NASCAR drivers all have the same goal in mind, and that's to see that checkered flag as many times as possible during their careers.
However, not everyone behind the wheel of a stock car gets to be the next Dale Earnhardt, Jeff Gordon, or Tony Stewart. Some drivers just don't have the best luck in the sport. Former NASCAR driver Shane Hmiel is one of those competitors who showed talent in a race car, but things didn't exactly go according to plan.
Born in Pleasant Garden, North Carolina, Shane had a promising road ahead of him. He showcased his driving skill from a young age, and it appeared as if he could be a serious contender in the sport. Below, we'll take a look into Hmiel's life as we go over his racing career, his problems with drugs, and complications that he later ran into with NASCAR.
Shane Hmiel's Early NASCAR Career
Similar to most professional drivers, Hmiel started off racing go-karts, winning a total of 164 races before moving into racing stock cars.
He made his big-time debut in NASCAR Goody's Dash Series in 2001. That season, he earned two wins and 13 top-10 finishes, along with a second-place finish at an Atlanta Motor Speedway ARCA RE/Max series race. His performance earned that year him the Rookie of the Year honors.
2002 marked Hmiel's first full-time season, during which he racked up two poles, eight top-10 finishes, and two top-fives, including a fifth place at Daytona. His 16th-place finish in points improved to eighth place the following season.
One of Shane's most notable race from the 2003 season was his race at Indianapolis Raceway Park, where he led the most laps and grabbed a pole position finish. Sadly, 2003 is also the year when Hmiel's troubles would begin.
Hmiel was subject to his first of many drug tests during this year, which we'll talk about in more detail in the section below. For now, let's fast forward a bit to 2004 when Hmiel was reinstated. He earned his very first and only NASCAR Truck Series victory at the Las Vegas 350. Unfortunately, he would not ride that positive momentum into 2005.
Now, Hmiel has always been an aggressive driver. He let his fiery temperament, impatience, and aggression get the best of him on a lot of occasions. During 2005, he was caught doing bump-and-runs on a number of competitors, spinning others, and even got caught on camera flipping the bird to racing veteran Dale Jarrett. This led to a $10,000 fine. The issues were starting to become too frequent to go unnoticed.
Shane Hmiel Gets Banned From NASCAR
The first time that Shane Hmiel failed a drug test was back in 2003. After a decent number of significant on-track crashes and altercations, the NASCAR sanctioning body found reasonable suspicion to administer a drug test for the driver. According to the substance abuse policy, they had every right to do this. He tested positive for marijuana and was suspended indefinitely.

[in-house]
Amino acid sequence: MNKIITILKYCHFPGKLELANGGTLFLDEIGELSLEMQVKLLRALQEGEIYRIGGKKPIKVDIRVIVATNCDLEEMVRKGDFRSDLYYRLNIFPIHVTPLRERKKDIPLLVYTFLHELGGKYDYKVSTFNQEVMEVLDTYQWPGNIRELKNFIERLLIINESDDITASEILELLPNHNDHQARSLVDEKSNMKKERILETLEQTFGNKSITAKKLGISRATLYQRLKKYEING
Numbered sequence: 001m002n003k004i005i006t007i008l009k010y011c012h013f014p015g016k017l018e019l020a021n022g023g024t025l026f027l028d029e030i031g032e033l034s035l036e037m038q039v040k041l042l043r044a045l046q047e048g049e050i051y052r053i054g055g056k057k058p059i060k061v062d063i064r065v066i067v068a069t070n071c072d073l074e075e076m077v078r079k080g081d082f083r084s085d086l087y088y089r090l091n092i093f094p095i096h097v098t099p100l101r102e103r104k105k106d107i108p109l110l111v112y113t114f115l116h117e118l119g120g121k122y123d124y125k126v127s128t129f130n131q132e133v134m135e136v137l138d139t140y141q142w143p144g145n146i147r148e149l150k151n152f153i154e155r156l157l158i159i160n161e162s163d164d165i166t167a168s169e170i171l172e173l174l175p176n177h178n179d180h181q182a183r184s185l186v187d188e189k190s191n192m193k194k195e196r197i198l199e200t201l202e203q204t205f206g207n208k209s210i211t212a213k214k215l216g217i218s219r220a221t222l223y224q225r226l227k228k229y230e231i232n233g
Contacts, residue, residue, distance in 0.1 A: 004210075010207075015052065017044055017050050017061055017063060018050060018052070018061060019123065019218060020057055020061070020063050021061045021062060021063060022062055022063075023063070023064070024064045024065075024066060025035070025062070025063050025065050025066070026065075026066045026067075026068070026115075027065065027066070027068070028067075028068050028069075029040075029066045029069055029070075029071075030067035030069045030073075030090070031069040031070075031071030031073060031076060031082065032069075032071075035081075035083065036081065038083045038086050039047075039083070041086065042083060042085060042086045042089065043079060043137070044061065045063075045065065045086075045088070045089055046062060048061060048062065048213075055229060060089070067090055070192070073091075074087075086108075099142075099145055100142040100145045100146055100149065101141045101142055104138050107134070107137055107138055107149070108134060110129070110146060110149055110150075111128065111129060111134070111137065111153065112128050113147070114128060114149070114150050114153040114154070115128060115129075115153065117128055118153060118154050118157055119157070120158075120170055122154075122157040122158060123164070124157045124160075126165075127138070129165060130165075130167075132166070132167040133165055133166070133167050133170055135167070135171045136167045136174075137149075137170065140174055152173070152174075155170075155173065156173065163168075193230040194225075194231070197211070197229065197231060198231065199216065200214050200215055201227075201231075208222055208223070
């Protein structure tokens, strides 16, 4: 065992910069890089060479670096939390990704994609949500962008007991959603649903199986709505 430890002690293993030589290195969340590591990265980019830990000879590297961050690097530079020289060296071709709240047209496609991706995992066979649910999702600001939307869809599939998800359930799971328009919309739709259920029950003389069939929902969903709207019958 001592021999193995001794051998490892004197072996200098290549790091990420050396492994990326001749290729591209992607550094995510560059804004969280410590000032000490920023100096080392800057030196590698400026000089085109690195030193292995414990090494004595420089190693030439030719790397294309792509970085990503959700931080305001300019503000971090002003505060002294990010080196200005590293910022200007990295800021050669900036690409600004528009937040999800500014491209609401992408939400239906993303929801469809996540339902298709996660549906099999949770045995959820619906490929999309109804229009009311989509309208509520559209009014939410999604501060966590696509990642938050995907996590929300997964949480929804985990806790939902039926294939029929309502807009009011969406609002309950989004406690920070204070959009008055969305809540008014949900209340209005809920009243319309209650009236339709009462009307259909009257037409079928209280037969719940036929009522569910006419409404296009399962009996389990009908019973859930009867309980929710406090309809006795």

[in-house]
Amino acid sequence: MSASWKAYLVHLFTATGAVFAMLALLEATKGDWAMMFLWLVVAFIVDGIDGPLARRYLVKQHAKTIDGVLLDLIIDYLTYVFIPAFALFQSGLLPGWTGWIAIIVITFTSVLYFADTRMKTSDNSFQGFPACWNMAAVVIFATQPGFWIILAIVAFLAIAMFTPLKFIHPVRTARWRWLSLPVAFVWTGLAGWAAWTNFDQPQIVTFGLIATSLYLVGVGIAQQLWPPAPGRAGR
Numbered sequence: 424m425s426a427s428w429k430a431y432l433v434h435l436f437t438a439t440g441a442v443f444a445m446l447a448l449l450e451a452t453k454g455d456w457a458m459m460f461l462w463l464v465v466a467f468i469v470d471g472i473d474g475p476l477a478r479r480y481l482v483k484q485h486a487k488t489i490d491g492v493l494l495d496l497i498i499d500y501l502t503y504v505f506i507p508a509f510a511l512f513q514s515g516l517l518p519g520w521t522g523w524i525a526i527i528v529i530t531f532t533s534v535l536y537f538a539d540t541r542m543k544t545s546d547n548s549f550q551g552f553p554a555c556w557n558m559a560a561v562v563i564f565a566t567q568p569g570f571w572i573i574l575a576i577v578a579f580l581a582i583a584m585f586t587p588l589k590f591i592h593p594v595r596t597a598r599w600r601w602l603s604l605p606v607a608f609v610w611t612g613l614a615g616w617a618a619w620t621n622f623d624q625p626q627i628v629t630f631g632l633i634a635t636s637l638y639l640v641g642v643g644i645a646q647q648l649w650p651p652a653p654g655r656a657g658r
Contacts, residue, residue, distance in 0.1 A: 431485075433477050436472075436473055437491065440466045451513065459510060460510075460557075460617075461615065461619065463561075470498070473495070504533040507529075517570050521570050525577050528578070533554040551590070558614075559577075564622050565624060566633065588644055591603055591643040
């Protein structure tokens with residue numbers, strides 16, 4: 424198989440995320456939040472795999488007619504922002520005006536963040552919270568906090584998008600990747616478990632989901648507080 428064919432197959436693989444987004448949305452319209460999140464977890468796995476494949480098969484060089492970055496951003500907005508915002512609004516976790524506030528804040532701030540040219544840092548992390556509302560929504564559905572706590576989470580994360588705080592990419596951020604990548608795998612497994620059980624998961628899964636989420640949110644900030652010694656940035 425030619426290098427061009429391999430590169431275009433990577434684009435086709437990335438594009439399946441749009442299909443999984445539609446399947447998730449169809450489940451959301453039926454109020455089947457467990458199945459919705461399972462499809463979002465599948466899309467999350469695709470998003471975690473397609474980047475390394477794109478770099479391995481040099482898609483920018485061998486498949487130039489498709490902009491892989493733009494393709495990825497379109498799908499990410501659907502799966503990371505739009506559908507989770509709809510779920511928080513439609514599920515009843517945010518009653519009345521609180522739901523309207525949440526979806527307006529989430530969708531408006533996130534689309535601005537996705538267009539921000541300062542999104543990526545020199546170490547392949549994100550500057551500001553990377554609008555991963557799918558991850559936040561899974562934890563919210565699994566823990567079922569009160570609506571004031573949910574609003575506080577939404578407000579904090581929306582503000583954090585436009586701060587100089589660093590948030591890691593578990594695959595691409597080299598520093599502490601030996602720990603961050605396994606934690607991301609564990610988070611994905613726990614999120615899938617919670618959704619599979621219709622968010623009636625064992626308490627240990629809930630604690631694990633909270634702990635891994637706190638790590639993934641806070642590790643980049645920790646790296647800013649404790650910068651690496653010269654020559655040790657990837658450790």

He was reinstated for the 2004 season, but things didn't get much better.
Hmiel's second drug test came in 2005, after NASCAR officials witnessed him making "erratic moves" on the track. This result came back positive for both marijuana and cocaine, leading to another indefinite suspension. Hmiel was given one last final chance to drive again after completing medical and psychological reviews, as well as additional drug tests. Unfortunately, things got even worse after he failed a third test. This caused NASCAR to issue Hmiel a lifetime ban from the sport, and ended his four-year NASCAR career.
Hmiel continued in a downward spiral until he was sent to the hospital in 2007 after a bar fight. Fortunately, the former driver understood there was an issue, and admitted himself into drug rehab. He spent 103 days at the Talbot Recovery Center before being released. Here, they diagnosed him with bipolar disorder, as well as depression and anxiety.
Shane Hmiel's Tragic Paralysis
After rehab and staying sober for three years, Hmiel returned to racing, only this time as an IndyCar driver. Amazingly, he competed in all three national touring divisions of the United States Auto Club. These included the National Sprint Car Series, National Midget Series, and the USAC Silver Crown Series. In 2009, he earned his first win, was named "Most Improved Driver," and even grabbed Rookie of the Year at the Midget Nationals.
Hmiel's 2010 season also started in a promising direction. That is, until he got into a significant accident.
While qualifying for a USAC Silver Crown race in Terre Haute, Indiana, he crashed the car, and the roll cage collapsed following his impact with the wall. He was airlifted to treat head, back, and neck injuries. It was so severe that they had to put him in a medically induced coma to reduce the brain swelling. This accident resulted in him becoming paralyzed, though he did regain a small portion of movement in his limbs. Hmiel required the use of a wheelchair from there on out.
Hmiel didn't exactly let this slow him down. As a matter of fact, while in recovery from the crash, he started a new USAC midget car team with Levi Jones. Jones saw victory on the track only a year later. Additionally, Hmiel got a chance to drive once again after participating in an Accessible Racing Driving Experience event. He was allowed to run laps on the track in a modified Ford Fusion stock car.
Hmiel has clearly had quite a wild ride in life, but he certainly didn't let it get the best of him. He still remained around motorsports, because that was what he was truly passionate about. His career may not have been the longest, but he proved to have talent both behind the wheel. He just hit a few snags along the way.
This post was originally published on March 2, 2021.
MORE: Remembering John Nemechek's Tragic Death and Lasting Legacy
Want More Sports News?
Get the biggest and best sports news sent directly to your inbox.